NEWS
By DAVE McMILLION | September 23, 2010
Giving students the skills they need to tap into large numbers of jobs at Fort Detrick. Answering a call from employers who say stronger work ethics are needed from people. Helping unemployed people learn new skills. Those were among possible initiatives examined Thursday afternoon at Hagerstown Community College as a newly formed commission to explore local higher education needs started its work. The 30-member Commission on the Future of HCC is being asked to examine the challenges and opportunities that the local community college is expected to face in the next five years.
NEWS
By HEATHER LOWERY | August 1, 2010
o Online degrees gaining acceptance o Majority of '09 Washington County grads planned more education Education experts agree that high school graduates who further their education have a brighter employment future than those who don't. But a traditional college is not the only option. Trade schools and other institutions provide a range of training and experience that can help students advance in the careers of their choice, educators say. For instance, in Washington County: o Washington County Technical High School offers 19 programs to incoming high school juniors.
NEWS
By HEATHER LOWERY | July 31, 2010
WASHINGTON COUNTY -- More than half of Washington County Public Schools' 2009 graduates said they planned to further their education through traditional channels, a move that higher education officials say will pay off in the long run. According to the 2009 Maryland Report Card on the state Department of Education's website at http://www.mdreportcard.org , 31.4 percent of the county's 2009 graduates said they planned to attend a four-year college, 19.4 planned to attend a two-year college and 1.7 planned to attend a specialized training school.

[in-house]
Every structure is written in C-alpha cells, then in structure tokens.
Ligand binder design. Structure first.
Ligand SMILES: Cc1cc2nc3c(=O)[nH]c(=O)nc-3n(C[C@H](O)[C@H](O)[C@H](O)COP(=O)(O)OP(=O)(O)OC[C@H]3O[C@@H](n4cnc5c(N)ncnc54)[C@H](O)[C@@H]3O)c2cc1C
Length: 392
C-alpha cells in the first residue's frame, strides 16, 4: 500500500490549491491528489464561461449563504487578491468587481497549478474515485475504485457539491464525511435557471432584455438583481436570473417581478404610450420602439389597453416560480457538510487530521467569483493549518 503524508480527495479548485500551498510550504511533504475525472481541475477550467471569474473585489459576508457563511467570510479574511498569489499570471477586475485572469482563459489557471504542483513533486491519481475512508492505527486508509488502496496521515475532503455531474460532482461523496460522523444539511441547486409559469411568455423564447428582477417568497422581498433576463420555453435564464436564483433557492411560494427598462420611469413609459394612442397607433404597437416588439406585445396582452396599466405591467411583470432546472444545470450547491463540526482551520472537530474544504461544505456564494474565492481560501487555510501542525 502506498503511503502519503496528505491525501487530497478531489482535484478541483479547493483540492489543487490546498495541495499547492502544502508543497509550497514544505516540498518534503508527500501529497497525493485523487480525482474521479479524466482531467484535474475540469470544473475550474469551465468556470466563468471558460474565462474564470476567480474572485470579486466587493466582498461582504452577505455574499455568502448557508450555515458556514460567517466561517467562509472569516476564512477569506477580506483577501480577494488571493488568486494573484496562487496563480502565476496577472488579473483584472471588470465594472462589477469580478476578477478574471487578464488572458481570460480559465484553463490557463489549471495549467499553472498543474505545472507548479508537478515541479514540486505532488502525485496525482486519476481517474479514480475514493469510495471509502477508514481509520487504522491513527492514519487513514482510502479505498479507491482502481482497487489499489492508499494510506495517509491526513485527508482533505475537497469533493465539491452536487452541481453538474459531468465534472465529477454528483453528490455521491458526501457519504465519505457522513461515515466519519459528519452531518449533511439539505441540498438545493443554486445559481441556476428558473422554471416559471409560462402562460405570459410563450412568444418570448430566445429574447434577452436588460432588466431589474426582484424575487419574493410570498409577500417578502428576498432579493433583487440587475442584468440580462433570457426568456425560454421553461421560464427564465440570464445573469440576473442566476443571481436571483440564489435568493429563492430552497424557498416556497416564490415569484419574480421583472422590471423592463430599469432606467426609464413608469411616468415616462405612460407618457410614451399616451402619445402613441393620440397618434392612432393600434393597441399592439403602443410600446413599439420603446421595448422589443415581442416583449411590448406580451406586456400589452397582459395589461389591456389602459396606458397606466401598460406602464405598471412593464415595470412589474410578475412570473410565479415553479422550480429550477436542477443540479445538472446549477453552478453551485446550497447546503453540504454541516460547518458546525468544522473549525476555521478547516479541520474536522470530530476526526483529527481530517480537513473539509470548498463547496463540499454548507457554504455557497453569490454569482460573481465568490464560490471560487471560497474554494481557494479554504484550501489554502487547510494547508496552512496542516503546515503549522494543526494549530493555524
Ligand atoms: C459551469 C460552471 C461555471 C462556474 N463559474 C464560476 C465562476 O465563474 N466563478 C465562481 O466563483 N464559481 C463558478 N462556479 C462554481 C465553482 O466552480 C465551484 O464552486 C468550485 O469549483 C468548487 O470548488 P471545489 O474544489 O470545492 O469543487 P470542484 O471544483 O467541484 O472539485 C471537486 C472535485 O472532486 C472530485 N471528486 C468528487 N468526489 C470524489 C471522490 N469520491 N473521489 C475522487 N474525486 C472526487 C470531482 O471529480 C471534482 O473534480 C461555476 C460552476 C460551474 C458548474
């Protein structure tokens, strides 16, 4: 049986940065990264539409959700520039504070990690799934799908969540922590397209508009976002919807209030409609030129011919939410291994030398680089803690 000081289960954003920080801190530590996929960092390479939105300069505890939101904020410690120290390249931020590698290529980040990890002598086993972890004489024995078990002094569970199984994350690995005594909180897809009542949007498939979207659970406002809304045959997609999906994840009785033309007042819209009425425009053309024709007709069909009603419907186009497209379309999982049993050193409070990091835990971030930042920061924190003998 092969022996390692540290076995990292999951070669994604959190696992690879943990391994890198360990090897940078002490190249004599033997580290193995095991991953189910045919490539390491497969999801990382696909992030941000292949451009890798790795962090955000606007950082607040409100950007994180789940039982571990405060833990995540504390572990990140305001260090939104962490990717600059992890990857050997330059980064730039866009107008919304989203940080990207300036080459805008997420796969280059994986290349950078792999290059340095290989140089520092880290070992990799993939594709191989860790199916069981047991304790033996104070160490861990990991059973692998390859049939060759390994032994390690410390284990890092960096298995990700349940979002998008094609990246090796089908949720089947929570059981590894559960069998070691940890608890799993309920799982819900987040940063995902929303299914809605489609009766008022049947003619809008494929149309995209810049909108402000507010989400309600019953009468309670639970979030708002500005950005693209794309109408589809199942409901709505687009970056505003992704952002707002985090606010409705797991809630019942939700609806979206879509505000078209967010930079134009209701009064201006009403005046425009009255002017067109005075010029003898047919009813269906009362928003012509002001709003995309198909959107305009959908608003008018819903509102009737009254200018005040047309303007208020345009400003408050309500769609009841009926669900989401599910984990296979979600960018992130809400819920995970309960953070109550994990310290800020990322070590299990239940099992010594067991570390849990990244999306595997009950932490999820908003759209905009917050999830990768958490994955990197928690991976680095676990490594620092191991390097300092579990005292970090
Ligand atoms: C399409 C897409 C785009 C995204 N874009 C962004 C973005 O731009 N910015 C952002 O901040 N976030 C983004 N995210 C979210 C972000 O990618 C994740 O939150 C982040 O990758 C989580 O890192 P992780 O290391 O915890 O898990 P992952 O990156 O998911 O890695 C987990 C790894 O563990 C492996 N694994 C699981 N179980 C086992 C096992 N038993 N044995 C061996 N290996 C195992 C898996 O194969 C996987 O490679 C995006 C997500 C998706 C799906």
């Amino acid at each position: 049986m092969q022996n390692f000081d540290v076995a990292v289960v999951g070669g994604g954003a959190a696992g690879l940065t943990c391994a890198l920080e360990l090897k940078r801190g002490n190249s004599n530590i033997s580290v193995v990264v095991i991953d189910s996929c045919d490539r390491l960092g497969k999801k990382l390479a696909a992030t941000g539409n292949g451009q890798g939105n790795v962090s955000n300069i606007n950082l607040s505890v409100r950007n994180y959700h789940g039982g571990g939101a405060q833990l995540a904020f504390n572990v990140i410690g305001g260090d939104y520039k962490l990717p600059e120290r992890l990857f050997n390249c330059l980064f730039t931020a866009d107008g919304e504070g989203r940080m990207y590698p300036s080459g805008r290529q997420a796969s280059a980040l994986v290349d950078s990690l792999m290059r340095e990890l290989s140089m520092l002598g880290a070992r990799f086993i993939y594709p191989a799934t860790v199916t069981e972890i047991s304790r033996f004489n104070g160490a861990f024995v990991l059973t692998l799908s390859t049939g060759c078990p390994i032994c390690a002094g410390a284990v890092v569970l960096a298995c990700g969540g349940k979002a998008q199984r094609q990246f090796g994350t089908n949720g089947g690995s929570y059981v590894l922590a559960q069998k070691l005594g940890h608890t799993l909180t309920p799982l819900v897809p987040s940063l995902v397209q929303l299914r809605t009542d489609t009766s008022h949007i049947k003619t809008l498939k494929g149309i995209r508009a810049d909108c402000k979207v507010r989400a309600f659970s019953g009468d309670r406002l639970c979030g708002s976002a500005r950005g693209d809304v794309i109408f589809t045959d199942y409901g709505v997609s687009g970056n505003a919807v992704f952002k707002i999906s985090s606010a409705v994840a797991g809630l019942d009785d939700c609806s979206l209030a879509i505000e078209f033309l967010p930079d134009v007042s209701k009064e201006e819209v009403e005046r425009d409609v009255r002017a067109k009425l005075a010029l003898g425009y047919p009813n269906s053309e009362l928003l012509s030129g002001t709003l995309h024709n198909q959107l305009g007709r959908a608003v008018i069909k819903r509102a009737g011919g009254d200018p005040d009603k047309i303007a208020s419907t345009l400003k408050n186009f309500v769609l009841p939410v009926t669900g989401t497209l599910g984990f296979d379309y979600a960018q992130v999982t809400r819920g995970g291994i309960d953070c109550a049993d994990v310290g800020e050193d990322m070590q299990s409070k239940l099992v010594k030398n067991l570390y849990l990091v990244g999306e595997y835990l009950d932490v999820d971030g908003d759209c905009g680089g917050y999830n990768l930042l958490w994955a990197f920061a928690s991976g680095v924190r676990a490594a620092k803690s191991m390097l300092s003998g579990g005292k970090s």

NEWS
May 4, 2010
Dr. Atlee Kepler certainly left his mark on our little corner of the world. Perhaps more than anyone else, Kepler, who died April 28 at the age of 88, was one of a handful of local leaders responsible for the early development and later success of Hagerstown Junior College, now Hagerstown Community College. He was the chief officer of the college, initially as dean and then as president, from January 1953 to the summer of 1986. Long on vision and determination, Kepler's life's passion was HJC. For more than 30 years, he worked to establish and build a dynamic two-year college in Washington County.
NEWS
By ALLAN POWELL | April 30, 2010
There was at one time a television series, "City Confidential," which reported highly publicized crimes in various U.S. cities. One such segment happened in Lynchburg, Va., and told the sordid tale of two young people who murdered their parents to collect insurance money. The case was made interesting by the fact that Lynchburg is the headquarters of the late leader of the Moral Majority, the Rev. Jerry Falwell. In the background throughout were short clips of a much more famous city just 60 miles away: Charlottesville, Va., the home of Thomas Jefferson.